The landlord left strict instructions to keep the bars locked (they can be concertina’d back on demand) when out. After assessing the house, I declared we should keep the key around the corner where it wasn’t visible from the window. The side windows should also remain locked and only the tiny one on the top could be left open. Barring that, no valuables were to be in grabbing distance of the side windows.

Plus one ignored me and left lots of valuables next to closed but unlocked windows through our time there.

I also complained the small top window should be open in the bathroom but shut when we leave and DEFINITELY to keep the larger side opening one not just shut but locked at all times. It is possible for a small child to clamber through the small top window or for a long arm to reach to the bigger window latch but it would become slightly more futile for them if they couldn’t open the bigger window or the security gate once inside.

Plus one ignored me and left all the windows open in the bathroom, despite the convenient planter right outside the window.

Anyways. Turns out he laid his coat down on the last trip into the flat for his belongings. He then shut the door behind him and realised his phone, the van keys and his house keys to both places were in the coat.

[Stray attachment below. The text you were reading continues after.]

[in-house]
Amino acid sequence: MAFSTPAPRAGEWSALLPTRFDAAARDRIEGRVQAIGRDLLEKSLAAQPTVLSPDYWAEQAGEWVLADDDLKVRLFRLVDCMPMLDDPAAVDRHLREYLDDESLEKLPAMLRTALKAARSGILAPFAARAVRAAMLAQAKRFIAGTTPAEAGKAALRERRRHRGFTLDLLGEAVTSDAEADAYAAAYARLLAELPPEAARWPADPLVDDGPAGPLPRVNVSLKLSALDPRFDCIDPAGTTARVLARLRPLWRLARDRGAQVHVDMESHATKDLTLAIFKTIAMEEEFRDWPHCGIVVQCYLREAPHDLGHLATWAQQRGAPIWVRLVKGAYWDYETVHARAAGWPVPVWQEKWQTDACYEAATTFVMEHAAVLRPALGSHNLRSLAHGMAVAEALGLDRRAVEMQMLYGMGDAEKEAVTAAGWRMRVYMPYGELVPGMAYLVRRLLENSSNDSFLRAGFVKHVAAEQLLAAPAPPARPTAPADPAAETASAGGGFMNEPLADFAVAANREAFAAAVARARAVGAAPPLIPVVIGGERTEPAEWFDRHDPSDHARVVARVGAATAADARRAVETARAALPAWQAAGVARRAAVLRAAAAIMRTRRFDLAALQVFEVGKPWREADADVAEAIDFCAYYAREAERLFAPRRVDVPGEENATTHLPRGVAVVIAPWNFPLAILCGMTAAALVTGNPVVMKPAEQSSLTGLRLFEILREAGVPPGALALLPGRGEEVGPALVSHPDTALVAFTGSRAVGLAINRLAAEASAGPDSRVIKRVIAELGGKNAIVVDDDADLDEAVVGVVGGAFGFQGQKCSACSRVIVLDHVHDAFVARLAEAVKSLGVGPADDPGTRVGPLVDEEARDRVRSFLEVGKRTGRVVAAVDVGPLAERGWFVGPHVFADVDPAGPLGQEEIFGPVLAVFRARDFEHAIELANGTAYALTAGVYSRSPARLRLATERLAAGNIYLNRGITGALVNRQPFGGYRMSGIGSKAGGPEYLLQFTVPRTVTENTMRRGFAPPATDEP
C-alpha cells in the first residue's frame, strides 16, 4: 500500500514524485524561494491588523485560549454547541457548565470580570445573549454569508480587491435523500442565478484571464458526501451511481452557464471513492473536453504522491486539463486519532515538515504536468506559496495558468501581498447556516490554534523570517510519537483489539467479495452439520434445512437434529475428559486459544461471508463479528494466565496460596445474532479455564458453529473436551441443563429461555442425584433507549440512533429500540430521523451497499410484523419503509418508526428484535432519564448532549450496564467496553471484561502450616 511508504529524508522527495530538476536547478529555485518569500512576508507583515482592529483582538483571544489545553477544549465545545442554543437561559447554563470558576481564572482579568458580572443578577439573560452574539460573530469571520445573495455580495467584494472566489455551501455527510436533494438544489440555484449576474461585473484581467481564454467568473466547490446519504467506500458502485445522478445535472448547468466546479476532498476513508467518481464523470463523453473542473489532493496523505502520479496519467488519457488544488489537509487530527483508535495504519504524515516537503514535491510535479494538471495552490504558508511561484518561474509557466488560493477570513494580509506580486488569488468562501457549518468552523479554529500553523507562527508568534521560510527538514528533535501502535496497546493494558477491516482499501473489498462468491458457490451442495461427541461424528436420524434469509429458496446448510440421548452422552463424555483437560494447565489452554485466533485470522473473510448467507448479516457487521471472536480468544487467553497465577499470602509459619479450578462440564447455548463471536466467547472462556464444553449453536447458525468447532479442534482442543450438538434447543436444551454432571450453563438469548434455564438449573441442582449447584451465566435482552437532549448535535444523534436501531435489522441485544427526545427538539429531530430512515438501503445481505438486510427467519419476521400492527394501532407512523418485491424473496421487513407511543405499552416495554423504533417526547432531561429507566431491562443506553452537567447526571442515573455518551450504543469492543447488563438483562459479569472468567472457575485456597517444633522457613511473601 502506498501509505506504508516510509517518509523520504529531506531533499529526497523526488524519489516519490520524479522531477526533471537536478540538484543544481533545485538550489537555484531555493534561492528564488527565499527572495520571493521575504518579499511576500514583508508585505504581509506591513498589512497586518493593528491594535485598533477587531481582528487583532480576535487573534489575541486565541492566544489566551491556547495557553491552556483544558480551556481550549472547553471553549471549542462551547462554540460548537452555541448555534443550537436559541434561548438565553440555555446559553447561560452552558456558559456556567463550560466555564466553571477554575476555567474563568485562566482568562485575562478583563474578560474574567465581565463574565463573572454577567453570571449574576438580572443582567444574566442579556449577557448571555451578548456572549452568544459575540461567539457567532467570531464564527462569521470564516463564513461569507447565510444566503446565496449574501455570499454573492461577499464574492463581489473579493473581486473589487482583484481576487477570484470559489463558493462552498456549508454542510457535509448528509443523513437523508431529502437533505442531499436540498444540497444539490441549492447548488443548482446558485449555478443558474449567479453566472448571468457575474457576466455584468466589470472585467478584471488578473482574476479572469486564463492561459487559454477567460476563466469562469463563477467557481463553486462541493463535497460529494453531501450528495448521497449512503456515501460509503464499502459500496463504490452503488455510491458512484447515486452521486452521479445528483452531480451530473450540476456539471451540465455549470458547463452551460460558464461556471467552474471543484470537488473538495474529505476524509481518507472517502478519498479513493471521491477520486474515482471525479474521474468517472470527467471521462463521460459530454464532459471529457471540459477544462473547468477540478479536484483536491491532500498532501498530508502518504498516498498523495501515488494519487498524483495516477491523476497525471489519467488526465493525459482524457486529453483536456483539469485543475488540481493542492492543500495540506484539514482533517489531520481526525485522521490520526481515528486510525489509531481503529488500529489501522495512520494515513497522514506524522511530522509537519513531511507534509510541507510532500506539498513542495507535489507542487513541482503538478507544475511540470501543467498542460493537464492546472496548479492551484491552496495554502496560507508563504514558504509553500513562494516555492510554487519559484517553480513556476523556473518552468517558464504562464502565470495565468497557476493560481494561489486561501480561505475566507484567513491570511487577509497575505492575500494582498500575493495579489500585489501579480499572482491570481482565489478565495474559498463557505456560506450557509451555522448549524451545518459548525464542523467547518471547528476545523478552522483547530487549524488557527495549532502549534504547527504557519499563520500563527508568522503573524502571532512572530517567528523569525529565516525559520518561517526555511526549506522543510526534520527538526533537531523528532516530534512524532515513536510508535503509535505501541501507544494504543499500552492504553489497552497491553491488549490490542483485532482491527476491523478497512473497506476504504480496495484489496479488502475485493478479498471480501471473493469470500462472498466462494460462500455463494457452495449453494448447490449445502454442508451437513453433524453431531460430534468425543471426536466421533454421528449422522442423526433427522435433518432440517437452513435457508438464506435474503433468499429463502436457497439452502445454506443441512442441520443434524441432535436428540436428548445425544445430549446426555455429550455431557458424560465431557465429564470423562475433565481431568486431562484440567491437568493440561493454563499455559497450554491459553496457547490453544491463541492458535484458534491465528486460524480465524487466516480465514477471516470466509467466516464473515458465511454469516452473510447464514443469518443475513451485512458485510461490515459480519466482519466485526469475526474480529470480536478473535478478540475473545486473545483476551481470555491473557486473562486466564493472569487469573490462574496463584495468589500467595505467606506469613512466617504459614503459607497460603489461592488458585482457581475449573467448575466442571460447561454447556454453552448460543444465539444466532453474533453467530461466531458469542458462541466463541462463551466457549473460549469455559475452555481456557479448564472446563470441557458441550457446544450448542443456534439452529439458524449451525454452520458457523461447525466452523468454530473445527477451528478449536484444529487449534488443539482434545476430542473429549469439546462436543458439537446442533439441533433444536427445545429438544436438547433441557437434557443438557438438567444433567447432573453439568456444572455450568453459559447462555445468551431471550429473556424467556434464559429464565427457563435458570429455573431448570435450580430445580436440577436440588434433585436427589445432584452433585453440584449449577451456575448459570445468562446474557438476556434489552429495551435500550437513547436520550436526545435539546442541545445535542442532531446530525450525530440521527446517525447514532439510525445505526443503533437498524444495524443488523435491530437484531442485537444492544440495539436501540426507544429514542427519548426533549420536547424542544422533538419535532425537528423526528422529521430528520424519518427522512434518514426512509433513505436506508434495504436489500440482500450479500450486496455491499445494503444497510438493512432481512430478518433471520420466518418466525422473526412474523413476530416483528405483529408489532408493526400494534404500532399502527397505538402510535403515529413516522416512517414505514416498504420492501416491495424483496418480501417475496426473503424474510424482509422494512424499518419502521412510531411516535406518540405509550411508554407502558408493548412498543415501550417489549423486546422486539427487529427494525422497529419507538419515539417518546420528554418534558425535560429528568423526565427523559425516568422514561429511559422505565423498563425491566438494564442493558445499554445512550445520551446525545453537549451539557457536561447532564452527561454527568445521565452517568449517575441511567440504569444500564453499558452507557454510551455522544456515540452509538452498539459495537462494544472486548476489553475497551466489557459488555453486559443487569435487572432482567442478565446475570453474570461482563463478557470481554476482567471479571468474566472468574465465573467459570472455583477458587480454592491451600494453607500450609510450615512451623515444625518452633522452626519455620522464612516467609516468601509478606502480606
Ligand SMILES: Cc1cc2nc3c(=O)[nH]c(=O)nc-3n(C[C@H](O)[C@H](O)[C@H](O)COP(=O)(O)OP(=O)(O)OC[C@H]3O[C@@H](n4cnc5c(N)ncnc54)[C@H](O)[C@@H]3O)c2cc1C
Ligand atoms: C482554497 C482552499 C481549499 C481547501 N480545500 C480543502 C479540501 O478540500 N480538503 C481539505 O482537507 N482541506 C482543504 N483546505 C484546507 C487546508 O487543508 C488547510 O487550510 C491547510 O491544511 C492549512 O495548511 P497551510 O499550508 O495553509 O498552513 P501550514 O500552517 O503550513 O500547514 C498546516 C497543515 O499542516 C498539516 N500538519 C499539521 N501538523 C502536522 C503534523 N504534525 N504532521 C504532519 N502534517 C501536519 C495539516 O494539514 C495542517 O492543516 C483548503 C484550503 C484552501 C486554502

He was debating how to ask a stranger for the loan of their phone and force me down there to open up.

Then he realised he could reach through the small window in the bathroom which he had left open and open the bigger window and climb through.

He is not the most petite of people bless him. He also fortunately does not look much like a burglar and despite facing a park and a road, apparently noone was about due to the cold.

So he climbed through and retrieved his coat. (And left the window unlocked when he left – AGAIN, although admittedly there was nothing really to steal at this point.)

It took all my energy to not say ‘I told you so.’


Filed under anecdote, Housing